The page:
Welcome to the MTGO Market Report as compiled by Matthew Lewis. The report will cover a range of topics, including a summary of set prices and price changes for redeemable sets, a look at the major trends in various Constructed formats and a "Trade of the Week" section that highlights a particular speculative strategy with an example and accompanying explanation.
As always, speculators should take into account their own budgets, risk tolerance and current portfolios before buying or selling any digital objects. Please send questions via private message or post below in the article comments.
Below are the total set prices for all redeemable sets on MTGO. All prices are current as of May 15, 2017. The TCGplayer low and TCGplayer mid prices are the sum of each set's individual card prices on TCGplayer, either the low price or the mid price respectively.
All MTGO set prices this week are taken from GoatBot's website, and all weekly changes are now calculated relative to GoatBot's "full set" prices from the previous week. All monthly changes are also relative to the previous month's prices, taken from GoatBot's website at that time. Occasionally, full set prices are not available, and so estimated set prices are used instead.
With Pro Tour Amonkhet (AKH) in the books, the market is digesting the new Standard metagame and prices have dropped on every Standard set. If you were holding cards from the Aetherworks Marvel or Zombie decks, you had a chance to sell your cards this weekend for good prices. If you were holding cards from Mardu vehicles, selling prior to the weekend would have been better, as prices have slumped on cards from this deck. Archangel Avacyn // Avacyn, the Purifier and Nahiri, the Harbinger from Shadows over Innistrad (SOI) are two examples of cards that fell in price significantly in the last week.
It's important to reiterate that this not might have been the last good selling opportunity, but they are going to be harder to come by over the coming months. With warmer weather arriving in the Northern Hemisphere, there will simply be fewer players who are eager to jam Standard events on MTGO. This results in a steady erosion of prices over the summer as interest in Standard wanes.
This is not to say that there won't be profitable price swings due to trends in Standard. There's still a brand-new set to come as Hour of Devastation (HOU) will be released on July 10 on MTGO, with the associated Pro Tour event later that month. Standard prices will always react to this type of event, regardless of how the broader playerbase is choosing to spend its time. The point is that the overall trend will be down over the coming months, and fighting the trend will be a losing proposition for speculators.
My goal over the course of the next four months is to preserve my capital and to remain invested in liquid assets like Aether Revolt (AER) and Kaladesh (KLD) boosters. Regular readers will also know that I am fan of foil mythic rares from AER, and I'll be repeating that trade for foil mythic rares from HOU. Apart from these trades, I want to be out of speculating on cards played in Standard, as fighting the downward trend is not where I want to be. The best time of the year to be deploying tix on MTGO is in October and November, so I am keeping those months in mind as I refrain from speculating on cards in Standard.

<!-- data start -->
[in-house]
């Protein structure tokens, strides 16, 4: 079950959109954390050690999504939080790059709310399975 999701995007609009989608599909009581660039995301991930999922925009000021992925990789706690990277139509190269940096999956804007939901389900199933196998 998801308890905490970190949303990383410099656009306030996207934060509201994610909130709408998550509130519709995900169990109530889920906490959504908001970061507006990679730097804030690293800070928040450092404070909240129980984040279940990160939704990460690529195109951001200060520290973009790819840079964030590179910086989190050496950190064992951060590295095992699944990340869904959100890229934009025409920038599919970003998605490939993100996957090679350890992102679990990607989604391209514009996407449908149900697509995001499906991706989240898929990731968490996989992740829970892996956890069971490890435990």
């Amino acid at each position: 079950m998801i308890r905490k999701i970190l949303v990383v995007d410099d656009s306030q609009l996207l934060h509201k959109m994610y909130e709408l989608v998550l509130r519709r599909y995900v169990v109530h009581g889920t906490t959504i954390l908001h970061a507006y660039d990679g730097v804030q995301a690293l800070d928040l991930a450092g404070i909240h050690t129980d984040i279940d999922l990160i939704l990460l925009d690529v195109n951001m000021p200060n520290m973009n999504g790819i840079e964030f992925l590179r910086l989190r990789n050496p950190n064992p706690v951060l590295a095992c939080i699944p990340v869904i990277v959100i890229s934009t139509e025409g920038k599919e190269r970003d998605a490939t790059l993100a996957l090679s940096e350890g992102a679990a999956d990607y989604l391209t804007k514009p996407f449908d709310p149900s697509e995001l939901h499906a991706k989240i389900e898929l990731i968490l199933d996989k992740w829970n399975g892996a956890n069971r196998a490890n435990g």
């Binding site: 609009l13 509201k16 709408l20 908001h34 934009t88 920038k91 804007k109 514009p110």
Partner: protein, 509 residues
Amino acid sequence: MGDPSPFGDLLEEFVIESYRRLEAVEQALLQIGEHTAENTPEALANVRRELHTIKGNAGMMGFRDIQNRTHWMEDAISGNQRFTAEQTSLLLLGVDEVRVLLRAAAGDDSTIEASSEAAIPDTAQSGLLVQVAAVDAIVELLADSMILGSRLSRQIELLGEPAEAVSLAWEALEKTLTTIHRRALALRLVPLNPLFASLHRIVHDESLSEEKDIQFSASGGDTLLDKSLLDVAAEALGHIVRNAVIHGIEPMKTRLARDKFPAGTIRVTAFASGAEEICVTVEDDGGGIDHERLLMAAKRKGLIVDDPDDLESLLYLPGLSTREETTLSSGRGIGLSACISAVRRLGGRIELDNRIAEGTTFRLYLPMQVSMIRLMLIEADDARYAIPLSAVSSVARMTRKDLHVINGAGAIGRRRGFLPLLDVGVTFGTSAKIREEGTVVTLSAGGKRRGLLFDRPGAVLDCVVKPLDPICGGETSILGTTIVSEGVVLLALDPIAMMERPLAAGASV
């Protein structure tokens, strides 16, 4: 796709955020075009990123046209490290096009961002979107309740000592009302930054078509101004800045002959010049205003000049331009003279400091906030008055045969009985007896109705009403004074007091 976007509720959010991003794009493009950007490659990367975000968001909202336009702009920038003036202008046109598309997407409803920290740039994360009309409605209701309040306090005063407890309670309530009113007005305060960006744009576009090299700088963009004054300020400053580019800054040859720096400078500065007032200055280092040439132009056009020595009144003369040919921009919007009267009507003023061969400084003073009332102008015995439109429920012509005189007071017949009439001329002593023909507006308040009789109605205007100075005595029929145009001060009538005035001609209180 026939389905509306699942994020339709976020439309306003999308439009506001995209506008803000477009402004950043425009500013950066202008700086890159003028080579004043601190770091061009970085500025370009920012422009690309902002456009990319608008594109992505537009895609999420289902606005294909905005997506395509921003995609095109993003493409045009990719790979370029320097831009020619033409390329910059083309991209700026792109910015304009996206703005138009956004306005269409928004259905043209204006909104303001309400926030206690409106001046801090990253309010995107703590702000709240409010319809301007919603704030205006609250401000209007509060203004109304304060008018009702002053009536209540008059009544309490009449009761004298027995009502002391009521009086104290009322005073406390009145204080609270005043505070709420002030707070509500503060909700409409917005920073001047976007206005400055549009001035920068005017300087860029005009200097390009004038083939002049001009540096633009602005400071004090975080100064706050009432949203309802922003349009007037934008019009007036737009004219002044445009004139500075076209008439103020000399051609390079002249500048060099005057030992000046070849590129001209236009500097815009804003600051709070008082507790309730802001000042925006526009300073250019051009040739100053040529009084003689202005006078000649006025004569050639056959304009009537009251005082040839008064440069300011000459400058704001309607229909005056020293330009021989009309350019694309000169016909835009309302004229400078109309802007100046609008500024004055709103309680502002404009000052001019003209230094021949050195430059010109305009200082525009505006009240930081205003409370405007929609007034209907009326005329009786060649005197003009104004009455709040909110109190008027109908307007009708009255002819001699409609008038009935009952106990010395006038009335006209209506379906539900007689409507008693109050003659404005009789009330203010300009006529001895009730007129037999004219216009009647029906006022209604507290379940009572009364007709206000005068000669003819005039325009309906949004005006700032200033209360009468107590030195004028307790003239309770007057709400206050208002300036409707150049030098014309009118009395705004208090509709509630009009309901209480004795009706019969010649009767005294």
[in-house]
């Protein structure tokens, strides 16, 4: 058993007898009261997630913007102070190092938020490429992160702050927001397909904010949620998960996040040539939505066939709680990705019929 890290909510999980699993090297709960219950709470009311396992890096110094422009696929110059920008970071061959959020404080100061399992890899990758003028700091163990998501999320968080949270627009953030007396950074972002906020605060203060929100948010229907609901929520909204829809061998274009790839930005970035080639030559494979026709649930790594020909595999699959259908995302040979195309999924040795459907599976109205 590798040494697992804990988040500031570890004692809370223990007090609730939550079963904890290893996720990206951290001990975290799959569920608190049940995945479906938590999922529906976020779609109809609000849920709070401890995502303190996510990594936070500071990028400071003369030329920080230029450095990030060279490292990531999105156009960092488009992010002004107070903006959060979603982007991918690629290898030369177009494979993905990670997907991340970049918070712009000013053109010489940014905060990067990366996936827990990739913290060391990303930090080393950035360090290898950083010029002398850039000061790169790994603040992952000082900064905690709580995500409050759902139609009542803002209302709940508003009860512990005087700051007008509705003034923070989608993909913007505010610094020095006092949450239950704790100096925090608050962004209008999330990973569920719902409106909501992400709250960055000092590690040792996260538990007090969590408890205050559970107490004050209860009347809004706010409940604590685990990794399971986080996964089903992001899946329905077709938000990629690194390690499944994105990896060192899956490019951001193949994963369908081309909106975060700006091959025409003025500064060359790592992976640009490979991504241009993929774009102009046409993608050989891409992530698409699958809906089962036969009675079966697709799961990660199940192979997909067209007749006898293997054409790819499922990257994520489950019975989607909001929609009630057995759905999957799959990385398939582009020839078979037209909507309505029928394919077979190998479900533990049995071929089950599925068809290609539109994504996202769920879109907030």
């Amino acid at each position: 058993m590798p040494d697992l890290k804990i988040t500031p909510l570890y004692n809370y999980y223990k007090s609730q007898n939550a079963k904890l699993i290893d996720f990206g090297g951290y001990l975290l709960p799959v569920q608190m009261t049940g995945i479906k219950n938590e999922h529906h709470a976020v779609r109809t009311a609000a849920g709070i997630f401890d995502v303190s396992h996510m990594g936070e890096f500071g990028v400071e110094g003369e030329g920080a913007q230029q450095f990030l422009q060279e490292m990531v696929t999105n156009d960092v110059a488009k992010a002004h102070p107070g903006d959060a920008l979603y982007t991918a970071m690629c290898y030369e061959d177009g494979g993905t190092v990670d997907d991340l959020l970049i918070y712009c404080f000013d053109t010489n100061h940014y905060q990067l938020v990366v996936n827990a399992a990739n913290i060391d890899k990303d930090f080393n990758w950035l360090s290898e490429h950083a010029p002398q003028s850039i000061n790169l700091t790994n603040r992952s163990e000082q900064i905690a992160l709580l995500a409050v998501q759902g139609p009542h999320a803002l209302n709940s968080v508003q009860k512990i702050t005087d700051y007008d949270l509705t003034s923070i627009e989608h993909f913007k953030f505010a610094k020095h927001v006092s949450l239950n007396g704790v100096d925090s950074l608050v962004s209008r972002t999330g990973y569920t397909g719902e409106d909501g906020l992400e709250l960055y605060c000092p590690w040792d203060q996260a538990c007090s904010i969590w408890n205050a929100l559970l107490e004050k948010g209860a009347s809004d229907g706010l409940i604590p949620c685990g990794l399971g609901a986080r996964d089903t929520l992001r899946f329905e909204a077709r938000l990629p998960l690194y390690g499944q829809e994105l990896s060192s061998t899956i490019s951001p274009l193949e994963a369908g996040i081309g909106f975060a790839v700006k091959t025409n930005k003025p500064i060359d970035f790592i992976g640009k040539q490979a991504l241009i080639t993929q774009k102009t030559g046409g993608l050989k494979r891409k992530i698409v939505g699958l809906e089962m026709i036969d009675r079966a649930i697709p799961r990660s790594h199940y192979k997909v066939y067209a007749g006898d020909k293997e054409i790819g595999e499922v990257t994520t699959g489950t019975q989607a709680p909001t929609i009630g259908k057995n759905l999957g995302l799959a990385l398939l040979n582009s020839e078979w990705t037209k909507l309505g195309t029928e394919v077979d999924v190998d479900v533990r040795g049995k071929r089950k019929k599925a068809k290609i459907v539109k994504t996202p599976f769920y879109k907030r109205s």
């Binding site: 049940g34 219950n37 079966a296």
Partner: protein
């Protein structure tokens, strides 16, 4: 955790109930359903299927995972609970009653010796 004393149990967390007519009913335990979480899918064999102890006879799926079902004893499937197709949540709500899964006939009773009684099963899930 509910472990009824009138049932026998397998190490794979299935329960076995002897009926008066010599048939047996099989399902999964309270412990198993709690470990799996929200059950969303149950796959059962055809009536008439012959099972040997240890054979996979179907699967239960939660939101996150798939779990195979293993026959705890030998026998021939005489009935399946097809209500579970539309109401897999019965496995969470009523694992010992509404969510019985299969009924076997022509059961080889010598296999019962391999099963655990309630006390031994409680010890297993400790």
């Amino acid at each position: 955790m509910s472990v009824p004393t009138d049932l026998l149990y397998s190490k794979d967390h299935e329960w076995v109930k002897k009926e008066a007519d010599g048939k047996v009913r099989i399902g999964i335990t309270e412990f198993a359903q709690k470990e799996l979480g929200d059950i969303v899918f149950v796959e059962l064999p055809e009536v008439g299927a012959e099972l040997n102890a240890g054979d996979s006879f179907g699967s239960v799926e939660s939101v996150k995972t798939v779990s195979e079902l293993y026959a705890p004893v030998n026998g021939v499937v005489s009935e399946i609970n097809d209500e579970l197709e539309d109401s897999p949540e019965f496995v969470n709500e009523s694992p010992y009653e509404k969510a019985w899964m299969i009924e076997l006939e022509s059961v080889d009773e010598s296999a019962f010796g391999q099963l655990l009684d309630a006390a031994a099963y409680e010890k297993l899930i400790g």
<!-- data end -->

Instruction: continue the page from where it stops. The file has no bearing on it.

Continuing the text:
On a more short-term basis, Chandra, Flamecaller saw a big jump this week and now sits at over 7 tix. It's definitely seeing application as a sweeper in Marvel decks against Zombies, so I expect it to see higher prices in the short term. Ten tix is possible over the coming weeks, but I'll be a seller into further price strength.
On the full-set front, a reminder that AER and KLD will go offline for redemption in June. I'm still holding my sets of AER, but any resurgence in Mardu Vehicles (and thus Heart of Kiran) will be a good time to exit this trade. Full set prices got as high as 58 tix last week, but it looks like they won't be getting over 60 tix at this point. Any price strength over the next two weeks should be considered a good time to sell AER sets.
While Standard is not the place to be as the temperature warms up, Modern actually benefits near the end of the summer due to boredom with Standard and a looming rotation. August and September usually sees near-term price peaks for cards from Modern. Standard is pretty stale by that point, so players tend to dip their toes into alternative Constructed formats. That's the next-best selling window for Modern cards.
Speculators can therefore be looking to buy out-of-favor Modern staples and playables. If they reach an attractive price point, then it's fine to start buying. Look to the trade of the week for a good example of this. Otherwise, a long-term outlook to the fall is prudent. I think cards from Modern Masters 2017 (MM3) will be excellent speculative targets in October and November.
Trade of the Week
For a complete look at my recent purchases, please check out the portfolio. This week, I've been buying Elspeth, Sun's Champion. This card has cycled up and down a few times over the last year, going from around 4 tix to touching as high as 8 tix recently. It sometimes sees play in Modern, but I think there will be support for this card from Commander as well. I anticipate this card will return to the 8-tix level, and possibly higher than that, some time over the next six months.
Cards like this, that regularly cycle up and down, should be part of a speculator's portfolio. It's difficult to discern exactly why the prices fluctuate up and down so much, but it's enough to know that the pattern regularly repeats. Buying on the dips and sell into the upswings can generate small but consistent profits, and Elspeth is a card that I've already bought and sold a couple of times in the past year. One more cycle up doesn't seem out of the question.